As he prayed about the letters and phone calls, Chuck felt he must do something. Having been a journalist prior to entering the ministry, he decided to launch a magazine which affirmed the evangelical message of the Wesleys and Francis Asbury. Good News magazine was born.
Responses to the first issue were much like today. One disgruntled Methodist in Alabama wrote, “Your magazine is JUNK!” But Carl F. H. Henry, then editor of the new evangelical journal Christianity Today, wrote, “A mighty fine beginning—congratulations!”
Rallying renewal groups: Seeing the immediate surge of interest in his magazine, Keysor chose 12 Methodists to serve as board members, and the Good News effort became incorporated as “A Forum for Scriptural Christianity.” The board’s first meeting was in May of 1967, only two months after the appearance of the first issue of the magazine.
Good News was a breath of fresh air for Methodists seeking spiritual renewal, quickly becoming their rallying point. Pastors and laity began organizing clusters of like-minded Methodists who came out of a felt need for fellowship, support, encouragement, and prayer. Soon, they began to map strategies for increasing evangelicalism within their annual conferences.
Today renewal groups exist in more than 40 of our United Methodist annual conferences, forming an extensive grassroots network for evangelical advocacy, fellowship, and prayer support. In my annual conference, the East Ohio Evangelical Fellowship—just one of such renewal groups—began in 1969 and has made an invaluable contribution in strengthening the evangelical witness in the conference, especially in youth camping programs and ministries.
Convo fellowship: The Good News board soon felt a need to sponsor some kind of national gathering to help unify Methodist evangelicals. Texas pastor Mike Walker, the youngest member of the fledgling board, headed up plans for the first national convocation held in Dallas in August of 1970. To everyone’s amazement, a whopping 1,600 United Methodists registered, coming from coast to coast! The Holy Spirit drew people together in a remarkable way.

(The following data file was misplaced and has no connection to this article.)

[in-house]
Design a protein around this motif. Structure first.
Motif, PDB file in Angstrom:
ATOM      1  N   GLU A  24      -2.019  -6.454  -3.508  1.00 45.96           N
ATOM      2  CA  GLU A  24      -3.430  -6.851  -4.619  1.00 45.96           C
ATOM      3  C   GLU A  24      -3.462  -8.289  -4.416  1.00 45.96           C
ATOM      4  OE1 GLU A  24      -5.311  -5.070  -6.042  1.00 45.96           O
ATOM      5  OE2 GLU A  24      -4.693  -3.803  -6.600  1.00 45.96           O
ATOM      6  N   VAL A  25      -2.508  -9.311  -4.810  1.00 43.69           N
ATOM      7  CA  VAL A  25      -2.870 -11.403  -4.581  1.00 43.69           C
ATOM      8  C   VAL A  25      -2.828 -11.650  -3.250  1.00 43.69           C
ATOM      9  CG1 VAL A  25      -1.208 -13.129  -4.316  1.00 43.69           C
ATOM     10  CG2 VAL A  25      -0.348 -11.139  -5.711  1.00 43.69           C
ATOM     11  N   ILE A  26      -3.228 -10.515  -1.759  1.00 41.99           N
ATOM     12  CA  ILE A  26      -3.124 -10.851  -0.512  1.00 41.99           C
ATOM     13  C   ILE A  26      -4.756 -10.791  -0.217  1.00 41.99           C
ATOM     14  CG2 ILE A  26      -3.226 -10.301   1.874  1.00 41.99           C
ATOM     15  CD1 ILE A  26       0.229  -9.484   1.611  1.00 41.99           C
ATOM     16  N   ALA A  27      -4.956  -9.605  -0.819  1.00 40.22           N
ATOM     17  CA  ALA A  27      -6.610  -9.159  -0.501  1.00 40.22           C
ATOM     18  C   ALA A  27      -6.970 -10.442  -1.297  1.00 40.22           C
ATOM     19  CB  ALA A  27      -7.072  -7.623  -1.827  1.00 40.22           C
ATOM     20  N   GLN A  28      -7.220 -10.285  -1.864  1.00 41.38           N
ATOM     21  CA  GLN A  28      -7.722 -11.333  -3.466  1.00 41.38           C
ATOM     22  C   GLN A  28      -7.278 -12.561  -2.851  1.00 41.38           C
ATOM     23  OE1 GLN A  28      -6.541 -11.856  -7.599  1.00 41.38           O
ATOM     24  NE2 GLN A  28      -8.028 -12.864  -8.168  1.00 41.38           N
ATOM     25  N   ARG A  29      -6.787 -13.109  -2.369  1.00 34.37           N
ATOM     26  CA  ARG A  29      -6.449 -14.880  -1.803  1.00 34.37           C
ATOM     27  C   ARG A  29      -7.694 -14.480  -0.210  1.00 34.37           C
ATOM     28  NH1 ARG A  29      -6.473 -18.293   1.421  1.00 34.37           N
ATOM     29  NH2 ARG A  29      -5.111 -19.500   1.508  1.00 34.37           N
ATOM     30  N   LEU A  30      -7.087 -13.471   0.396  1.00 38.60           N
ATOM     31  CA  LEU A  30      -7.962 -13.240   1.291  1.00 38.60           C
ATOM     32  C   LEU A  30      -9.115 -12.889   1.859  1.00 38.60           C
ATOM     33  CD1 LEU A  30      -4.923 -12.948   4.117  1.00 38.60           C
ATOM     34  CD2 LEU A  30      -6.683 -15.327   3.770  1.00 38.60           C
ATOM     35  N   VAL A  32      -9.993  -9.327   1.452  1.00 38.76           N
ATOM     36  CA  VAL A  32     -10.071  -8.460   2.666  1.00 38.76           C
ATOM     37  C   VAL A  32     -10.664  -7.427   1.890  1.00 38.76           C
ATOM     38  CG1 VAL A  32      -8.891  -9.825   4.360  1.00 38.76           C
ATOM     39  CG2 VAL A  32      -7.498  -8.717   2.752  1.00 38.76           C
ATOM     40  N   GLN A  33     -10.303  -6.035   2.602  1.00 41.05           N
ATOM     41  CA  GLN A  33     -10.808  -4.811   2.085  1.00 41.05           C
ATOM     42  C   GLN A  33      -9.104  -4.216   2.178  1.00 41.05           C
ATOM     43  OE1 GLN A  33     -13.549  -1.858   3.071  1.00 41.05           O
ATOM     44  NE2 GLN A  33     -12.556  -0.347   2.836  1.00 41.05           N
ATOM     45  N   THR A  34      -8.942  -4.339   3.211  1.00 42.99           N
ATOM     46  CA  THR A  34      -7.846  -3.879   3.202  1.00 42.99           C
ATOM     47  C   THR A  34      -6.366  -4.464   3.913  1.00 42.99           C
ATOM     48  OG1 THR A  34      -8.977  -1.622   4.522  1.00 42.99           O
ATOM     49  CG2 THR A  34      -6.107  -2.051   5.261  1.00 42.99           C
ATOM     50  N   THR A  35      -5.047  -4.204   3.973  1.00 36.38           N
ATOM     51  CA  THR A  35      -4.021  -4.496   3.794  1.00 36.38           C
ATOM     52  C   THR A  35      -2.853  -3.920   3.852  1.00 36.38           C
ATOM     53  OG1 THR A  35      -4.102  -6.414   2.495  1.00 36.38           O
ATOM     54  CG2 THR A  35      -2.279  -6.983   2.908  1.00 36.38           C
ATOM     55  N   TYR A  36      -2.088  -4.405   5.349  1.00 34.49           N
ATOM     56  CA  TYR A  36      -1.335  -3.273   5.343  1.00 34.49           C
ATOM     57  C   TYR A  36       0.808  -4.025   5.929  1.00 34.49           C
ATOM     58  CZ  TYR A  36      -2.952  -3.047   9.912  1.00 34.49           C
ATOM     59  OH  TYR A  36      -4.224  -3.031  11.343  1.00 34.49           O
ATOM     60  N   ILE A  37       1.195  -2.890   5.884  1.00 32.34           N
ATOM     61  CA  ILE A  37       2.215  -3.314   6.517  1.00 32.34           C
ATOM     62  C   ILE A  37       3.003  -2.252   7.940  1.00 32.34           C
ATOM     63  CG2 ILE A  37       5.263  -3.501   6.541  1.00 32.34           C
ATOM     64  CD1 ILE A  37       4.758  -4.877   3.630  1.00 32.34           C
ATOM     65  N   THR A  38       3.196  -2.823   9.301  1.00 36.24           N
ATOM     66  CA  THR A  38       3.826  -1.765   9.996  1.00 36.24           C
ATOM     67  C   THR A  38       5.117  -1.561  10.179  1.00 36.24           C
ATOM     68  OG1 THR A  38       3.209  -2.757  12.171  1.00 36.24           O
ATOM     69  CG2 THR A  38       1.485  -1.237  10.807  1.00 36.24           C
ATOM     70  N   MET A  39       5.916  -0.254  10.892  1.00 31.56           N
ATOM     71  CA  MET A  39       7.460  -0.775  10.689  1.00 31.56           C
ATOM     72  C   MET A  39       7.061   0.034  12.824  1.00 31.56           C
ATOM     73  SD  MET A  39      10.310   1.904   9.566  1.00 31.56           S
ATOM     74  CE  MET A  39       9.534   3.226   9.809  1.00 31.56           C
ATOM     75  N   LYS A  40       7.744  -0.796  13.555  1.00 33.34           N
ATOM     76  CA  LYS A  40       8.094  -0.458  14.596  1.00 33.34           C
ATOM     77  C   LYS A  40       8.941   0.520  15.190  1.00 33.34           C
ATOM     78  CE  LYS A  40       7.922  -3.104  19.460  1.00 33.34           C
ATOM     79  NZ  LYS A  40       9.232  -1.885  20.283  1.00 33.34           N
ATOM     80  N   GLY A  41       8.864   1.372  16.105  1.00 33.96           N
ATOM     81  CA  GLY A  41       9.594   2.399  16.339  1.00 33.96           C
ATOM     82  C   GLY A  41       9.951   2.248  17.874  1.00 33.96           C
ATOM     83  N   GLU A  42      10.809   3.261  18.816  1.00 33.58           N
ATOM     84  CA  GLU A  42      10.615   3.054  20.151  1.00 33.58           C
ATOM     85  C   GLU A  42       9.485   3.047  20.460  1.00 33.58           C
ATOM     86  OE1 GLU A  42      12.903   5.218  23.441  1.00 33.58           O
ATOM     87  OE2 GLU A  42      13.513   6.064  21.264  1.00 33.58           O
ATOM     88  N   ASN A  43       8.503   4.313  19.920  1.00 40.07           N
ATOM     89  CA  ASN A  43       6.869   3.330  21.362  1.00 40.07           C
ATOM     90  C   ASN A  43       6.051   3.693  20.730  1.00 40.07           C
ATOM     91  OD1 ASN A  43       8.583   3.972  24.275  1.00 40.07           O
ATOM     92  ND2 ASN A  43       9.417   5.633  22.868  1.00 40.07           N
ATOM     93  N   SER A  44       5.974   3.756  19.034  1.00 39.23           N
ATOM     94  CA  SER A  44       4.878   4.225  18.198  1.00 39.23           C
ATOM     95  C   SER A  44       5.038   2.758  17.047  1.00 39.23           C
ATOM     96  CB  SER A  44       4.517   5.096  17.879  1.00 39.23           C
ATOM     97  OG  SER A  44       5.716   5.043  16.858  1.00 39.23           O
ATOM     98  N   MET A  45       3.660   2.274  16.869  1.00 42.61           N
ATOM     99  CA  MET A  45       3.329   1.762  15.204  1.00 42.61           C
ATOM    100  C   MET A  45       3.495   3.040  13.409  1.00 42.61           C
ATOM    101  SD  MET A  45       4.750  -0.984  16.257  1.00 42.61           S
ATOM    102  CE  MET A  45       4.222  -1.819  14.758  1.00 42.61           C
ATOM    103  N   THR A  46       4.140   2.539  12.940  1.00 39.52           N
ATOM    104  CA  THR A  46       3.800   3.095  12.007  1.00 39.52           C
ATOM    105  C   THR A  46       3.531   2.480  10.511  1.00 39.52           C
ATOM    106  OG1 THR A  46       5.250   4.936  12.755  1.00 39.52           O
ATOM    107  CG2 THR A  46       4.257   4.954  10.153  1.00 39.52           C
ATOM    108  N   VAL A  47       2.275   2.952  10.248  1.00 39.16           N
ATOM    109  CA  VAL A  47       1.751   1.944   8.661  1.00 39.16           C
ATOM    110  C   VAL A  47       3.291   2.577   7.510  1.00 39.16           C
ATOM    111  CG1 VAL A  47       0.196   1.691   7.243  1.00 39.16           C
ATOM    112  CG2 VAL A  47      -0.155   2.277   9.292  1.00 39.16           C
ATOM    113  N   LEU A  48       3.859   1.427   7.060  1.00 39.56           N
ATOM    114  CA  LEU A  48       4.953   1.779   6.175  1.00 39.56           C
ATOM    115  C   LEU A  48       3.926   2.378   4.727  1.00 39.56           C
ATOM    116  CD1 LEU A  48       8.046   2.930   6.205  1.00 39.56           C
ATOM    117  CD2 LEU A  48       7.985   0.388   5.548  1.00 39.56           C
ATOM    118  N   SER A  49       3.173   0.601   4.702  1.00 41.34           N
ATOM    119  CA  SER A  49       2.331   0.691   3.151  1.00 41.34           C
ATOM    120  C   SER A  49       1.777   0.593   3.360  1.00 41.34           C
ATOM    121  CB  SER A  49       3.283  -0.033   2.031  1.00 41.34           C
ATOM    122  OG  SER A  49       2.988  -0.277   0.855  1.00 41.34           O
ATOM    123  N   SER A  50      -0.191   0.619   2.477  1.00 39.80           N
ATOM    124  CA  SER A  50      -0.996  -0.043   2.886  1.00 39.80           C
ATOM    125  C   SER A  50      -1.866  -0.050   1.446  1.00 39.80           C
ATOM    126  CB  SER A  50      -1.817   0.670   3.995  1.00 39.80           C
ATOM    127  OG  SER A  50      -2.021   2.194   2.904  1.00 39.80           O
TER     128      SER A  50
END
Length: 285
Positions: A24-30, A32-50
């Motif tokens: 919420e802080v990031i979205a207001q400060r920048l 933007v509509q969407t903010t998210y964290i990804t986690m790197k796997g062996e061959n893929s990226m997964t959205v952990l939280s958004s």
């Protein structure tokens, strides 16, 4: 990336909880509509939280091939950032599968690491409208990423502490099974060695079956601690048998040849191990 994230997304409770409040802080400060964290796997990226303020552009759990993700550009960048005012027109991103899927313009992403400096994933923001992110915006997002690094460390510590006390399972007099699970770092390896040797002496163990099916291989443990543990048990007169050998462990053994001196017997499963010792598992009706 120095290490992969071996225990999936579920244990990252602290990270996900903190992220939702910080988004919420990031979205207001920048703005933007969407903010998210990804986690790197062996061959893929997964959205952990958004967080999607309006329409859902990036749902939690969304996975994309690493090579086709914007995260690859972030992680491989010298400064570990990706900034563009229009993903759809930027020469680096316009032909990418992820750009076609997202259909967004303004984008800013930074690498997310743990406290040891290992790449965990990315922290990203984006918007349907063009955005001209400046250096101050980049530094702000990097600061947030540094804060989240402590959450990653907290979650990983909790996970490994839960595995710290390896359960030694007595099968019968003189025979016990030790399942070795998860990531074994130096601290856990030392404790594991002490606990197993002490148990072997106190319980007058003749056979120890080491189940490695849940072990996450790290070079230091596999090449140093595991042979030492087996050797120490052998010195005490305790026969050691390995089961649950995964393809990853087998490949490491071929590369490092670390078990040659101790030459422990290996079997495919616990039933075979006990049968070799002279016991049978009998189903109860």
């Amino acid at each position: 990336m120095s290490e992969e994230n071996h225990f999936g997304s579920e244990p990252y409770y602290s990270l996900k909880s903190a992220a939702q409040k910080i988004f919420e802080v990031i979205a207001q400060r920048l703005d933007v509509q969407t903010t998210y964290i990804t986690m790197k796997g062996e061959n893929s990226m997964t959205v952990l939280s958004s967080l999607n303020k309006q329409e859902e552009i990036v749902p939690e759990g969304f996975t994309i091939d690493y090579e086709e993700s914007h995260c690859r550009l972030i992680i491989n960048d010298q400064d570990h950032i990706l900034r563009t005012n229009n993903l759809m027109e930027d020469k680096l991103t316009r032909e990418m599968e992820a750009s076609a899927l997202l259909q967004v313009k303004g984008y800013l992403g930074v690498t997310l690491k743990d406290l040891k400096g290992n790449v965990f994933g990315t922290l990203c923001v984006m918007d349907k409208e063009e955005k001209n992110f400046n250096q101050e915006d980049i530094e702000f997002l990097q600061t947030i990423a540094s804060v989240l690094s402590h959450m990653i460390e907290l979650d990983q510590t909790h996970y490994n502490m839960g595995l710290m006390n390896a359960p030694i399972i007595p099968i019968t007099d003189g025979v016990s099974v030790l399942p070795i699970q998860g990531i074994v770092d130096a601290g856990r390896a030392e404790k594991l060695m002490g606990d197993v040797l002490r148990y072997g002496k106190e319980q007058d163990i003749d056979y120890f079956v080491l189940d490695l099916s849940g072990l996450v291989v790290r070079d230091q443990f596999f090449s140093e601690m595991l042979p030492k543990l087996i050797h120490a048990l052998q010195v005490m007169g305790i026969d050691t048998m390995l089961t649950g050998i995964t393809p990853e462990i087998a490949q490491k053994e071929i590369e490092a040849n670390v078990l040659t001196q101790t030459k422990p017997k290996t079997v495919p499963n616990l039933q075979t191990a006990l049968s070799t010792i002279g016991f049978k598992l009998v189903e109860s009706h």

Emotion and excitement filled the air as participants discovered other like-minded Methodists. Tears streamed down the faces of worshippers as they saw the evening crowds swell to nearly 3,000 persons jammed into the Adolphus Hotel ballroom. Folks heard luminaries such as missionary statesman E. Stanley Jones, Bishop Gerald Kennedy, Frank B. Stanger, Dennis F. Kinlaw, K. Morgan Edwards, Claude Thompson, evangelist Tom Skinner, Howard Ball, Billy Graham Association evangelist Akbar Abdul-Haqq, Ira Gallaway, C. Philip Hinerman, and Les Woodson.
In bringing greetings to the assembly, a message from evangelist Billy Graham stated: “Wish I could be with you for this momentous and historic conference. Methodism was born and it grew through revival and evangelism. It is my prayer that the United Methodist Church will have a spiritual renewal and help lead our nation in the spiritual revival that we do desperately need. May God bless you all.”
Twentieth century United Methodism was marked for renewal. Discouraged United Methodists received hope that they weren’t alone in their evangelical concerns. And most importantly, they began to dream of a new day of revival and renewal in their church.
For 30 years following the Dallas Convocation, Good News sponsored a national convocation nearly every summer. United Methodists came for fellowship, inspiration, and instruction. One couple remarked at our Washington, D.C. convo in the early 1990s, “Jim, when we came here we were so discouraged, we were considering leaving the church. But our hearts have been renewed, and we’re going back to our home church with new hope.” And return they have, by the hundreds, with programs and ideas for their local churches like Marriage Enrichment, Trinity Bible Studies, Faith Promise missions giving, Disciple Bible Study, Discover God’s Call, and Walk to Emmaus.
Improving Sunday school literature: One of the earliest concerns of the fledgling Good News movement was the need to improve dismal denominational Sunday school literature. Evangelicals were frustrated, but hardly knew where to begin to bring about change.
In 1968 Good News carried a stinging evaluation of Methodism’s new adult curriculum. One reviewer wrote, “What is missing here…is a particular and sustained biblical theology.” This reviewer looked in vain for any word about “salvation, any good news about the atonement of Jesus Christ, or any hint about the possibility of spiritual new birth….”